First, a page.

Normative brain size variation and brain shape diversity in humans

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Science  15 Jun 2018:
Vol. 360, Issue 6394, pp. 1222-1227
DOI: 10.1126/science.aar2578

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Shifts in brain regions with brain size

Brain size among normal humans varies as much as twofold. Reardon et al. surveyed the cortical and subcortical structure of more than 3000 human brains by noninvasive imaging (see the Perspective by Van Essen). They found that the scaling of different regions across the range of brain sizes is not consistent: Some brain regions are metabolically costly and are favored in larger brains. This shifts the balance between associative and sensorimotor brain systems in a brain size–dependent way.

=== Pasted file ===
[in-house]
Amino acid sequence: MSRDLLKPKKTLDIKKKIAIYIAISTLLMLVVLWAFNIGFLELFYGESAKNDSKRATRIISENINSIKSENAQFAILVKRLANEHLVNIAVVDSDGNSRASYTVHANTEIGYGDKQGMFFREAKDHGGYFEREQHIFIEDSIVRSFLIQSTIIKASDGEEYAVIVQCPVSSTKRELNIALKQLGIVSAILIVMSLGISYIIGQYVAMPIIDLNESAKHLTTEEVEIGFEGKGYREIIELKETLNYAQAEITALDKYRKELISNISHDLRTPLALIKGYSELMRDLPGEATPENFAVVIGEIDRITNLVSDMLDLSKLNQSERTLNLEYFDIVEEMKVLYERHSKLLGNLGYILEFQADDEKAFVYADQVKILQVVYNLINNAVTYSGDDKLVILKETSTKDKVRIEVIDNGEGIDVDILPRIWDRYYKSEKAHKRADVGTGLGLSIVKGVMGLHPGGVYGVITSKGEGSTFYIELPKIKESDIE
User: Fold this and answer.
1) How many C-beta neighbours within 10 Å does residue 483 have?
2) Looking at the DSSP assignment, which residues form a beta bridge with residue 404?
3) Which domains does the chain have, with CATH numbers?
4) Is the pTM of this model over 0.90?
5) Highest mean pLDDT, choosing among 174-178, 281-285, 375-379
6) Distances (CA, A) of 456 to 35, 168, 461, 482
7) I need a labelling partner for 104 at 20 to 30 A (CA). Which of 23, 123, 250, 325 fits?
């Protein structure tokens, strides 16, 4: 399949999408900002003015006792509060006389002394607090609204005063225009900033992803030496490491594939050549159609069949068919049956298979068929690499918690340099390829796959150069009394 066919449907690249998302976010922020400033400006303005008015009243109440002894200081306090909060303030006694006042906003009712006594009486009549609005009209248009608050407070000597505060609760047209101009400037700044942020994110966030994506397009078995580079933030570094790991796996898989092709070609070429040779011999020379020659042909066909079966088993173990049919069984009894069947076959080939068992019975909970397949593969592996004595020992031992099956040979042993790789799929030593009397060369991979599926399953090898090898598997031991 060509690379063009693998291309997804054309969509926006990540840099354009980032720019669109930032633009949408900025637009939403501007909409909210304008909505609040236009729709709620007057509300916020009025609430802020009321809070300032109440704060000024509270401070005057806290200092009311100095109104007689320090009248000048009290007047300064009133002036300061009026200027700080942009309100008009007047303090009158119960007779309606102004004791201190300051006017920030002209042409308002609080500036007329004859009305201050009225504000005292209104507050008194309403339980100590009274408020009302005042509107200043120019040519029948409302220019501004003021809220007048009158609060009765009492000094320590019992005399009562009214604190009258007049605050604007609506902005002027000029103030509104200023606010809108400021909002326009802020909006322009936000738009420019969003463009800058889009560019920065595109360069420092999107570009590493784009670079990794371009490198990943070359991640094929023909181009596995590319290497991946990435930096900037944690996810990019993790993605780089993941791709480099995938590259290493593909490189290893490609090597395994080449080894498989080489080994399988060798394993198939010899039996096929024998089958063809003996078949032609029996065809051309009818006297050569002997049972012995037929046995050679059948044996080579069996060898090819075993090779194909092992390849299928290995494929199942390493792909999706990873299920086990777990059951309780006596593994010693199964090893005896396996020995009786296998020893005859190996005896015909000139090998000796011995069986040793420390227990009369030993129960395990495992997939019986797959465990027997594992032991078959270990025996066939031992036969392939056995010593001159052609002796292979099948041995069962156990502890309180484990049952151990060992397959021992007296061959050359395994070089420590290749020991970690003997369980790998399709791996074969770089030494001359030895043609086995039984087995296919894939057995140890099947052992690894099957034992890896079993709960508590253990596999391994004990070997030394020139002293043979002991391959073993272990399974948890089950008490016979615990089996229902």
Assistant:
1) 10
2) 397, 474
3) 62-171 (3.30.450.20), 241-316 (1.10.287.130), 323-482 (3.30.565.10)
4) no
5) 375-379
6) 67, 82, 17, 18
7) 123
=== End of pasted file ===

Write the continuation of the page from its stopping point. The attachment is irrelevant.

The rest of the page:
Science, this issue p. 1222; see also p. 1184


Brain size variation over primate evolution and human development is associated with shifts in the proportions of different brain regions. Individual brain size can vary almost twofold among typically developing humans, but the consequences of this for brain organization remain poorly understood. Using in vivo neuroimaging data from more than 3000 individuals, we find that larger human brains show greater areal expansion in distributed frontoparietal cortical networks and related subcortical regions than in limbic, sensory, and motor systems. This areal redistribution recapitulates cortical remodeling across evolution, manifests by early childhood in humans, and is linked to multiple markers of heightened metabolic cost and neuronal connectivity. Thus, human brain shape is systematically coupled to naturally occurring variations in brain size through a scaling map that integrates spatiotemporally diverse aspects of neurobiology.

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